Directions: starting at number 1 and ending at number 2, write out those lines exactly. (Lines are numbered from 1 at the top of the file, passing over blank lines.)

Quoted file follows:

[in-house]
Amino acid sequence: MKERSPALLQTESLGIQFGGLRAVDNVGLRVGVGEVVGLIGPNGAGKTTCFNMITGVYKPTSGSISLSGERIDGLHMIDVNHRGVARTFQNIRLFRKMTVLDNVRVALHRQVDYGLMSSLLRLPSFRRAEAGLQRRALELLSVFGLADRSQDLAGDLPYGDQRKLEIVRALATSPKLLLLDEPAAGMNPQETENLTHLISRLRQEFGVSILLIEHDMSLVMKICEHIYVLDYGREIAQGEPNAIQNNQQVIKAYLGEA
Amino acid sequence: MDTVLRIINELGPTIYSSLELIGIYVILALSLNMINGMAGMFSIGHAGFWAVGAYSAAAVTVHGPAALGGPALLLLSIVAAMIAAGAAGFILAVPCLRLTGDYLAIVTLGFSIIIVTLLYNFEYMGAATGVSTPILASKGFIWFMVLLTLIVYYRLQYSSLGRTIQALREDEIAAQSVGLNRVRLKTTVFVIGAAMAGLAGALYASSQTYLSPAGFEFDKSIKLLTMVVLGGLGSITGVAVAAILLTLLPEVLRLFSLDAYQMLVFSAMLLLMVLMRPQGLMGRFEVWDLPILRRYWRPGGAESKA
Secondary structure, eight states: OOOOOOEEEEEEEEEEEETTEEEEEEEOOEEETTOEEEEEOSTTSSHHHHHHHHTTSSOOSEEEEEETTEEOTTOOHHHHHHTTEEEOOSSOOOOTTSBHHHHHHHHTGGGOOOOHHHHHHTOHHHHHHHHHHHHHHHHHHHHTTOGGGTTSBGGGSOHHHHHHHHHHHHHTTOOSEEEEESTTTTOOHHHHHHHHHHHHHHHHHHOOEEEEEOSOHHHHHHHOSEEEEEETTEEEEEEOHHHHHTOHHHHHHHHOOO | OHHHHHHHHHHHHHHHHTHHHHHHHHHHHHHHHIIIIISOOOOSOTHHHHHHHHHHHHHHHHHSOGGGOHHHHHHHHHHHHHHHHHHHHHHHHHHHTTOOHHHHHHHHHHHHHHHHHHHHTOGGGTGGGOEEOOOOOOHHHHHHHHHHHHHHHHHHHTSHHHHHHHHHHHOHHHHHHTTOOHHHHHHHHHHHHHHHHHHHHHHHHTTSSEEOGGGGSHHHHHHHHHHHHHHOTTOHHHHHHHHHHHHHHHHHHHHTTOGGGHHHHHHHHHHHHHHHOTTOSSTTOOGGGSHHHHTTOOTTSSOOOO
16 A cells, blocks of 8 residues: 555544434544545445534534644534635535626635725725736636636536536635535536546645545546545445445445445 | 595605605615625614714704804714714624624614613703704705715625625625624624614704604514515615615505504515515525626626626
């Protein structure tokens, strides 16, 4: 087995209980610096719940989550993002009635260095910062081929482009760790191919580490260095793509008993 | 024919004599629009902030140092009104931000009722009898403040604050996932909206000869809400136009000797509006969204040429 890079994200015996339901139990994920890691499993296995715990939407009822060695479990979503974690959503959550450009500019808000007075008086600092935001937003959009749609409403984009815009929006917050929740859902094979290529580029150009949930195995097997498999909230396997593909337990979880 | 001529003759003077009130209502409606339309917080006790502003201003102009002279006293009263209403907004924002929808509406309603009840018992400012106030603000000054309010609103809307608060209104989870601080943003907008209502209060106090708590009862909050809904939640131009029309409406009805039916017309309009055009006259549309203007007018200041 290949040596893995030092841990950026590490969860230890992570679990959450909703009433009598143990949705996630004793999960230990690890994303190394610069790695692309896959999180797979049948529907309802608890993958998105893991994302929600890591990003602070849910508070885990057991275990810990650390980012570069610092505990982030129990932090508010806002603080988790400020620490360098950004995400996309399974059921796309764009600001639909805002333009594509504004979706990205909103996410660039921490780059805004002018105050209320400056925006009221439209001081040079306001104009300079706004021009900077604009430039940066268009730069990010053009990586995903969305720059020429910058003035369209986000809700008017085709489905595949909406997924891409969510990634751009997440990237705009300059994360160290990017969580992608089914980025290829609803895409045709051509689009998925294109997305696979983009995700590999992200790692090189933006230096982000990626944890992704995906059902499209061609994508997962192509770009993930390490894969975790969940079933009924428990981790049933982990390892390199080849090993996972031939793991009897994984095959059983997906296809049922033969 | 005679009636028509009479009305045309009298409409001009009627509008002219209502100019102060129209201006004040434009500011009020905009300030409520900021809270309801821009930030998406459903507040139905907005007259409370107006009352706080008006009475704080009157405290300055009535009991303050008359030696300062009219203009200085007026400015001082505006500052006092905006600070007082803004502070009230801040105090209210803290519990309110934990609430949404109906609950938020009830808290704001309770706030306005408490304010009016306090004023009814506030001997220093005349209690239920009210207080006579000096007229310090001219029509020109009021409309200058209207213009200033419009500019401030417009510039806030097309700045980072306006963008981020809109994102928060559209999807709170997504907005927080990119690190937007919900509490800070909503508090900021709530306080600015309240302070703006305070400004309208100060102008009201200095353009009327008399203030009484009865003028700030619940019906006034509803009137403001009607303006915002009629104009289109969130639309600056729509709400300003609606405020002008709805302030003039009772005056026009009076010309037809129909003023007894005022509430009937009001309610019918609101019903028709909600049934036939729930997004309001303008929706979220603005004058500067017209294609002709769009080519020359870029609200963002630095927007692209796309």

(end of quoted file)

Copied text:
[in-house]
Amino acid sequence: MKERSPALLQTESLGIQFGGLRAVDNVGLRVGVGEVVGLIGPNGAGKTTCFNMITGVYKPTSGSISLSGERIDGLHMIDVNHRGVARTFQNIRLFRKMTVLDNVRVALHRQVDYGLMSSLLRLPSFRRAEAGLQRRALELLSVFGLADRSQDLAGDLPYGDQRKLEIVRALATSPKLLLLDEPAAGMNPQETENLTHLISRLRQEFGVSILLIEHDMSLVMKICEHIYVLDYGREIAQGEPNAIQNNQQVIKAYLGEA